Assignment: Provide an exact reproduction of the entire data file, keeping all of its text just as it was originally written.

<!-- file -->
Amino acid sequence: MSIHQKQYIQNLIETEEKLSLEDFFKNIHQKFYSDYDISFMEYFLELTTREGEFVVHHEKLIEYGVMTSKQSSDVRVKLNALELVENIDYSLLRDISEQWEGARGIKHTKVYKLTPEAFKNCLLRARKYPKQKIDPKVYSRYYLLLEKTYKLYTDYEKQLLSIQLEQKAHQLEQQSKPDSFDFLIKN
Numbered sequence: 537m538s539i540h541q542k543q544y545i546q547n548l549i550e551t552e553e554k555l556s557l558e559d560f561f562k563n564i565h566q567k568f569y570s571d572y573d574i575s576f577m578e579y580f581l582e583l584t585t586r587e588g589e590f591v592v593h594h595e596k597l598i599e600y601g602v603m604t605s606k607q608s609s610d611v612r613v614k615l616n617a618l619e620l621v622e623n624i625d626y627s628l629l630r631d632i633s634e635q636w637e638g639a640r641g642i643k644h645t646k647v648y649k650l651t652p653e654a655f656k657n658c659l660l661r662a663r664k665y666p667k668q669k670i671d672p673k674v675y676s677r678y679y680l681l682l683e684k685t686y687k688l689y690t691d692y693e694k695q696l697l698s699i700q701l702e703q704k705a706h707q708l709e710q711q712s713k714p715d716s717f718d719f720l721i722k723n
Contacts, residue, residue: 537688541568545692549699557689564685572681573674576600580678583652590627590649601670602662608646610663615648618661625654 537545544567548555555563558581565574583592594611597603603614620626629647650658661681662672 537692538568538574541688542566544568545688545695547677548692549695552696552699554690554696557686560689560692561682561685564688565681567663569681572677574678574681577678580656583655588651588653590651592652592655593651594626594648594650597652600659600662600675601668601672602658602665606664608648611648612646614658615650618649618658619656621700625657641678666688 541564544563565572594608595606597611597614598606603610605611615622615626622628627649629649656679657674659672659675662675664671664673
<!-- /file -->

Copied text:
Amino acid sequence: MSIHQKQYIQNLIETEEKLSLEDFFKNIHQKFYSDYDISFMEYFLELTTREGEFVVHHEKLIEYGVMTSKQSSDVRVKLNALELVENIDYSLLRDISEQWEGARGIKHTKVYKLTPEAFKNCLLRARKYPKQKIDPKVYSRYYLLLEKTYKLYTDYEKQLLSIQLEQKAHQLEQQSKPDSFDFLIKN
Numbered sequence: 537m538s539i540h541q542k543q544y545i546q547n548l549i550e551t552e553e554k555l556s557l558e559d560f561f562k563n564i565h566q567k568f569y570s571d572y573d574i575s576f577m578e579y580f581l582e583l584t585t586r587e588g589e590f591v592v593h594h595e596k597l598i599e600y601g602v603m604t605s606k607q608s609s610d611v612r613v614k615l616n617a618l619e620l621v622e623n624i625d626y627s628l629l630r631d632i633s634e635q636w637e638g639a640r641g642i643k644h645t646k647v648y649k650l651t652p653e654a655f656k657n658c659l660l661r662a663r664k665y666p667k668q669k670i671d672p673k674v675y676s677r678y679y680l681l682l683e684k685t686y687k688l689y690t691d692y693e694k695q696l697l698s699i700q701l702e703q704k705a706h707q708l709e710q711q712s713k714p715d716s717f718d719f720l721i722k723n
Contacts, residue, residue: 537688541568545692549699557689564685572681573674576600580678583652590627590649601670602662608646610663615648618661625654 537545544567548555555563558581565574583592594611597603603614620626629647650658661681662672 537692538568538574541688542566544568545688545695547677548692549695552696552699554690554696557686560689560692561682561685564688565681567663569681572677574678574681577678580656583655588651588653590651592652592655593651594626594648594650597652600659600662600675601668601672602658602665606664608648611648612646614658615650618649618658619656621700625657641678666688 541564544563565572594608595606597611597614598606603610605611615622615626622628627649629649656679657674659672659675662675664671664673